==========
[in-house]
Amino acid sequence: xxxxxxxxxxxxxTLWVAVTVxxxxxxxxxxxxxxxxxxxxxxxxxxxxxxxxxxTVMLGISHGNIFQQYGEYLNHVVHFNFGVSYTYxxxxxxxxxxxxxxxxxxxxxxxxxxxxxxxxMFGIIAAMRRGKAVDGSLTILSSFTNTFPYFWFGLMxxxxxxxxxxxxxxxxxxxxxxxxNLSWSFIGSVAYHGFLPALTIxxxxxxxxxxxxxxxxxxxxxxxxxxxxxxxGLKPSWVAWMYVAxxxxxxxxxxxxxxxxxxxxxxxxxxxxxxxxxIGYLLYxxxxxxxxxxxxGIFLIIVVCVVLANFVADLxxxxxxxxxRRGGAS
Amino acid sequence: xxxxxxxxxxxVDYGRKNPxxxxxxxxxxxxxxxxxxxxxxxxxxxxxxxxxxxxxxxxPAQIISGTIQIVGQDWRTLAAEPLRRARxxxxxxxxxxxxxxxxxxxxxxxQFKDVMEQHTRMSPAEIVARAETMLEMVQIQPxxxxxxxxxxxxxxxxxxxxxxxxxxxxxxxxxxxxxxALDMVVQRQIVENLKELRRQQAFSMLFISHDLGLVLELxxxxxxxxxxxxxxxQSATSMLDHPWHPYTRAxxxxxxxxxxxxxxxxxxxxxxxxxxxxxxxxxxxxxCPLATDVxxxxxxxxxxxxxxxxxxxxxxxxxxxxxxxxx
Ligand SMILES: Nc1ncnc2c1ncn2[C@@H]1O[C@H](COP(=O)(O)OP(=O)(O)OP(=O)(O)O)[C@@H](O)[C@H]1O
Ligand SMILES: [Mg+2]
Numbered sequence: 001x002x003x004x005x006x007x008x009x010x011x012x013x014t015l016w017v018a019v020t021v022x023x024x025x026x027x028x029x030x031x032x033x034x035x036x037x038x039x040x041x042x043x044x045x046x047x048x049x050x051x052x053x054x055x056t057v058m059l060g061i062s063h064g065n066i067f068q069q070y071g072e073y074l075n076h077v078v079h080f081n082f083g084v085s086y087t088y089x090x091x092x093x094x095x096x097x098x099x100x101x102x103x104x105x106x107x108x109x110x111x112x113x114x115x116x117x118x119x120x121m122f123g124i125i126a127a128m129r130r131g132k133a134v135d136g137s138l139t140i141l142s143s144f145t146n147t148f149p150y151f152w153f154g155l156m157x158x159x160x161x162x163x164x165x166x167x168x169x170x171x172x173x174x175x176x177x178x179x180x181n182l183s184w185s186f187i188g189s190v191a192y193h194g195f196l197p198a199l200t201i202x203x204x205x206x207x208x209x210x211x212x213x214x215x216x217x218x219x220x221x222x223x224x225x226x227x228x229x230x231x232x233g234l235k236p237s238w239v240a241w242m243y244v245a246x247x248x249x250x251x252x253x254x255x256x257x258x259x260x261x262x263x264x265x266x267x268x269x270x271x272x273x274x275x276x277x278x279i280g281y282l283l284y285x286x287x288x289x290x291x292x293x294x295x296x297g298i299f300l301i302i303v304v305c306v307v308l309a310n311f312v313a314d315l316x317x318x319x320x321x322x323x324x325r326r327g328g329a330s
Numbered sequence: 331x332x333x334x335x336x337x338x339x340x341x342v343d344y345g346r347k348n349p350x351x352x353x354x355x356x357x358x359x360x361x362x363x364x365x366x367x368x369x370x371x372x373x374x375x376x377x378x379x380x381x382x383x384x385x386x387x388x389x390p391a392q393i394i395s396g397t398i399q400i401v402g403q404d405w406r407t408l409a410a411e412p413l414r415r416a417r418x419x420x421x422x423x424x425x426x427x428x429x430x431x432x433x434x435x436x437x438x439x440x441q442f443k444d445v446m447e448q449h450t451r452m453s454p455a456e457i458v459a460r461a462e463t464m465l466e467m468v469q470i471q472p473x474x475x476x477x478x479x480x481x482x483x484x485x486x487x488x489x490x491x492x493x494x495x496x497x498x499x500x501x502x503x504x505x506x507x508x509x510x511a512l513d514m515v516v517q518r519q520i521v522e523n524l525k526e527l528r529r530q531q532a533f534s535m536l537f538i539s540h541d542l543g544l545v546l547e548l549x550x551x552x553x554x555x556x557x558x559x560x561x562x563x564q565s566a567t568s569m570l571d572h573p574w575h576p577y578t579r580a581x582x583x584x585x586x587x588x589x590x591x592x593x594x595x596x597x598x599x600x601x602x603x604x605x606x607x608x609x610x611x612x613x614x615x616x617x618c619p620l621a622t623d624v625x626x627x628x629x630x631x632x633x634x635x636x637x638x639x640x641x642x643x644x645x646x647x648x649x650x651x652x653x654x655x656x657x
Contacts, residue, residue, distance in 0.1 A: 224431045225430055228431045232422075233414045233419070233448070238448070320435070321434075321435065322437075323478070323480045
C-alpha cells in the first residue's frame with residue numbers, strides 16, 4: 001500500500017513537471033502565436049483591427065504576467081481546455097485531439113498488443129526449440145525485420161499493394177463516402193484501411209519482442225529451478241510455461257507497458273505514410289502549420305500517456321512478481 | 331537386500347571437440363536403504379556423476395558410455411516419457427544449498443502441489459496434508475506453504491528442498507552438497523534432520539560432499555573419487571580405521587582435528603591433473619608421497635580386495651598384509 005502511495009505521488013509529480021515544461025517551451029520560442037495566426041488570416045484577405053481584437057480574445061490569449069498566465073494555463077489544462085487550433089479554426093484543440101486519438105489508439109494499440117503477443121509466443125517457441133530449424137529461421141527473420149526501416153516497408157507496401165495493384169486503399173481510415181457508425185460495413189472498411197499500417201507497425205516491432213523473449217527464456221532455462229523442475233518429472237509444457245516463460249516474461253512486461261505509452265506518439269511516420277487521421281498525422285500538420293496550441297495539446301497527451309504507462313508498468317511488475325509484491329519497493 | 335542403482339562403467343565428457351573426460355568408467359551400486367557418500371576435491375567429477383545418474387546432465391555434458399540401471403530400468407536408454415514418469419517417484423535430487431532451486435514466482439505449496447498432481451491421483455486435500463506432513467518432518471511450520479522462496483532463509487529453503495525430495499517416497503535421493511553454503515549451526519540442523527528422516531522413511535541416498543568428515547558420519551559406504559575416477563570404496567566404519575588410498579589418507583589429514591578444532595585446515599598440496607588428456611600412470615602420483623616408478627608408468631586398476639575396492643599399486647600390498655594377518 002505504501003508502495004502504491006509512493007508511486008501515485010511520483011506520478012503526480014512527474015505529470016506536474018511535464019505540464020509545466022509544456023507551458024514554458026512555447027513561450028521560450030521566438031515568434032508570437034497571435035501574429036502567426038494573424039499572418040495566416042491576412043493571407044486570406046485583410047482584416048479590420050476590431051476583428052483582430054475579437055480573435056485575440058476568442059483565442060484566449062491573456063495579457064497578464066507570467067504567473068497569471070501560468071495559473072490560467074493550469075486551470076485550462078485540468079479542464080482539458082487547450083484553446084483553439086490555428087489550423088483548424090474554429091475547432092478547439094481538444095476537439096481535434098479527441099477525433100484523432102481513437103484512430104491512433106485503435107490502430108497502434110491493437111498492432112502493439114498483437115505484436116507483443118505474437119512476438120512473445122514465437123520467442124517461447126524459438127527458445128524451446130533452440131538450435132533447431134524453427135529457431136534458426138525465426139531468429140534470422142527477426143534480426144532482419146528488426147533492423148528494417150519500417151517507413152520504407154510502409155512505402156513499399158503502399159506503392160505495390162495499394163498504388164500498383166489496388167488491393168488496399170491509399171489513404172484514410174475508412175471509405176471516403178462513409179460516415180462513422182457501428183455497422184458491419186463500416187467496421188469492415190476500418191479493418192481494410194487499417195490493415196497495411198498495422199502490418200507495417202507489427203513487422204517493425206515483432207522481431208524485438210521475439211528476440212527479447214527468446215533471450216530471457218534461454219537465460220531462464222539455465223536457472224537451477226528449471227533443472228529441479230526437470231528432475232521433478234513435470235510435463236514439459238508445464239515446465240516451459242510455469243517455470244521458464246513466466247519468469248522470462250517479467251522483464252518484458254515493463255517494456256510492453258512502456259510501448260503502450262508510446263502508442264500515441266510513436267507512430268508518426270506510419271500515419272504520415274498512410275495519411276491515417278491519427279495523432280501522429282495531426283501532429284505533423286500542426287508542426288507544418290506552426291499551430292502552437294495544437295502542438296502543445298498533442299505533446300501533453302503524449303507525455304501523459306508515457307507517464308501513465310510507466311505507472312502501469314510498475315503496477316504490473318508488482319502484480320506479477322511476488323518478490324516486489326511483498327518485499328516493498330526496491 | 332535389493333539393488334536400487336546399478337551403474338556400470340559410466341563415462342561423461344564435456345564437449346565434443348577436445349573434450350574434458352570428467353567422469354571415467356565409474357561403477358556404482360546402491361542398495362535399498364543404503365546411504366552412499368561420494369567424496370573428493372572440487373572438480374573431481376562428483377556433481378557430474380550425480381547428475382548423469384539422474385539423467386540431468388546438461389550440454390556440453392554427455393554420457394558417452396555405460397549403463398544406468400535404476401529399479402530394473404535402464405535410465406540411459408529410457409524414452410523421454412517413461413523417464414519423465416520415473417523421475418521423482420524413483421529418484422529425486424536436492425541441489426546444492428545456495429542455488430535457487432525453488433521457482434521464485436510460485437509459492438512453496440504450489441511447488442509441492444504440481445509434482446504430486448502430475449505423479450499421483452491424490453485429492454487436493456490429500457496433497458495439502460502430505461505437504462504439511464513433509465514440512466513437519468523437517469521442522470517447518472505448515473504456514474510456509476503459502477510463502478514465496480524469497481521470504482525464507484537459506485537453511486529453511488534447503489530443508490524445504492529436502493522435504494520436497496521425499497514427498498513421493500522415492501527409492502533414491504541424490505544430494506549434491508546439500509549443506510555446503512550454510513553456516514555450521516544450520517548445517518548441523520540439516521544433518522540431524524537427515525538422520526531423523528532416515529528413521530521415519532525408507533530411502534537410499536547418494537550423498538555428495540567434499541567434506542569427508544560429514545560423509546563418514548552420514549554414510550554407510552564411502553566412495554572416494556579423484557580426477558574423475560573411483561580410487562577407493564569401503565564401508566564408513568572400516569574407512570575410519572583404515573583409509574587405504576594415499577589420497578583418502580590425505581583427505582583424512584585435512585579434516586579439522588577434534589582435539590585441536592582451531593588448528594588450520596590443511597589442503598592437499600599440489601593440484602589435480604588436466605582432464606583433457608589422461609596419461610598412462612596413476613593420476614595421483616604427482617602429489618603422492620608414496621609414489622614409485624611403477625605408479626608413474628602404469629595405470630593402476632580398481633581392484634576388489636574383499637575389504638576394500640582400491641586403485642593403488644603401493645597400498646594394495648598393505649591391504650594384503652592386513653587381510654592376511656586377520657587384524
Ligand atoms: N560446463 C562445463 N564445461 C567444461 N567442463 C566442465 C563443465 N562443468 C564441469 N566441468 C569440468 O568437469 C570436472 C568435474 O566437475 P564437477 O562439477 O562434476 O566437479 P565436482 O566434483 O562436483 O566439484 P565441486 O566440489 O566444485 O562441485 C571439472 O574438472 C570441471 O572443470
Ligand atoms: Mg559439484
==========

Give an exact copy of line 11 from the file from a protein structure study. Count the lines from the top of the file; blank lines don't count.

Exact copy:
Ligand atoms: Mg559439484